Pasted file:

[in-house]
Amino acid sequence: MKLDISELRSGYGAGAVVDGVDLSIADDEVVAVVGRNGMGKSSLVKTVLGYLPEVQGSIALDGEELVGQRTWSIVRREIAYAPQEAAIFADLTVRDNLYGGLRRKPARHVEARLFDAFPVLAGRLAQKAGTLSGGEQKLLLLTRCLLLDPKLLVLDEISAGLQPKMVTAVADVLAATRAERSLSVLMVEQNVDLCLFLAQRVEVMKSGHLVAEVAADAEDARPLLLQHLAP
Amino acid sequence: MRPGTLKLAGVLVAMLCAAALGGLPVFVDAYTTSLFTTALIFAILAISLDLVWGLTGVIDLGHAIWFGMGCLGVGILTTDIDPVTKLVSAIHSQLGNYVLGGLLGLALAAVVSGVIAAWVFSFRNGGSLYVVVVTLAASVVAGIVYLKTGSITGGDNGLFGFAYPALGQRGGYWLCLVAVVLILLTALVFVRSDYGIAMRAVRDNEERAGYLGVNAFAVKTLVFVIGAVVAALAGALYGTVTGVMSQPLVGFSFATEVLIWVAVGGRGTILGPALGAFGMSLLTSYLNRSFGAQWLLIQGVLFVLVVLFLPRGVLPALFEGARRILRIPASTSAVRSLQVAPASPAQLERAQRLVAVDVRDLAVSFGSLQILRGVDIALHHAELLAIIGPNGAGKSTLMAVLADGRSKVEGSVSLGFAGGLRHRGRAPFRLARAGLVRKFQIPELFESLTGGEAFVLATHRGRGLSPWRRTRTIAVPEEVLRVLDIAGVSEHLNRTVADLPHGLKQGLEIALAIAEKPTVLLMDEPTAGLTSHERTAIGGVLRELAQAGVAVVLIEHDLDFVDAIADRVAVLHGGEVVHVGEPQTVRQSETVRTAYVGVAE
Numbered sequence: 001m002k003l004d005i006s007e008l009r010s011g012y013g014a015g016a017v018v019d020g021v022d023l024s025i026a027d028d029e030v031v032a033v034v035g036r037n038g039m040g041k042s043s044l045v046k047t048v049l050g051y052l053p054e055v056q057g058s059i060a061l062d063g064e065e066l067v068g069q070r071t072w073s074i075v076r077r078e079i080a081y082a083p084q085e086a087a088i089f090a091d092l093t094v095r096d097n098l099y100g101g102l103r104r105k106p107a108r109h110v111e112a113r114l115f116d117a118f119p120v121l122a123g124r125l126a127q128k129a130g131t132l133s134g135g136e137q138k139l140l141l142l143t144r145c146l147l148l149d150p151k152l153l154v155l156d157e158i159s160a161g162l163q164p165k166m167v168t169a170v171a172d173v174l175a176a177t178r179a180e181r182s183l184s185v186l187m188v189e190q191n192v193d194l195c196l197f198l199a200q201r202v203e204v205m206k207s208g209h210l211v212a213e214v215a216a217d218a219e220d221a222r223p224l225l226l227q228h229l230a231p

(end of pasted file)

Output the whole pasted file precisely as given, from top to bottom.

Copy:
[in-house]
Amino acid sequence: MKLDISELRSGYGAGAVVDGVDLSIADDEVVAVVGRNGMGKSSLVKTVLGYLPEVQGSIALDGEELVGQRTWSIVRREIAYAPQEAAIFADLTVRDNLYGGLRRKPARHVEARLFDAFPVLAGRLAQKAGTLSGGEQKLLLLTRCLLLDPKLLVLDEISAGLQPKMVTAVADVLAATRAERSLSVLMVEQNVDLCLFLAQRVEVMKSGHLVAEVAADAEDARPLLLQHLAP
Amino acid sequence: MRPGTLKLAGVLVAMLCAAALGGLPVFVDAYTTSLFTTALIFAILAISLDLVWGLTGVIDLGHAIWFGMGCLGVGILTTDIDPVTKLVSAIHSQLGNYVLGGLLGLALAAVVSGVIAAWVFSFRNGGSLYVVVVTLAASVVAGIVYLKTGSITGGDNGLFGFAYPALGQRGGYWLCLVAVVLILLTALVFVRSDYGIAMRAVRDNEERAGYLGVNAFAVKTLVFVIGAVVAALAGALYGTVTGVMSQPLVGFSFATEVLIWVAVGGRGTILGPALGAFGMSLLTSYLNRSFGAQWLLIQGVLFVLVVLFLPRGVLPALFEGARRILRIPASTSAVRSLQVAPASPAQLERAQRLVAVDVRDLAVSFGSLQILRGVDIALHHAELLAIIGPNGAGKSTLMAVLADGRSKVEGSVSLGFAGGLRHRGRAPFRLARAGLVRKFQIPELFESLTGGEAFVLATHRGRGLSPWRRTRTIAVPEEVLRVLDIAGVSEHLNRTVADLPHGLKQGLEIALAIAEKPTVLLMDEPTAGLTSHERTAIGGVLRELAQAGVAVVLIEHDLDFVDAIADRVAVLHGGEVVHVGEPQTVRQSETVRTAYVGVAE
Numbered sequence: 001m002k003l004d005i006s007e008l009r010s011g012y013g014a015g016a017v018v019d020g021v022d023l024s025i026a027d028d029e030v031v032a033v034v035g036r037n038g039m040g041k042s043s044l045v046k047t048v049l050g051y052l053p054e055v056q057g058s059i060a061l062d063g064e065e066l067v068g069q070r071t072w073s074i075v076r077r078e079i080a081y082a083p084q085e086a087a088i089f090a091d092l093t094v095r096d097n098l099y100g101g102l103r104r105k106p107a108r109h110v111e112a113r114l115f116d117a118f119p120v121l122a123g124r125l126a127q128k129a130g131t132l133s134g135g136e137q138k139l140l141l142l143t144r145c146l147l148l149d150p151k152l153l154v155l156d157e158i159s160a161g162l163q164p165k166m167v168t169a170v171a172d173v174l175a176a177t178r179a180e181r182s183l184s185v186l187m188v189e190q191n192v193d194l195c196l197f198l199a200q201r202v203e204v205m206k207s208g209h210l211v212a213e214v215a216a217d218a219e220d221a222r223p224l225l226l227q228h229l230a231p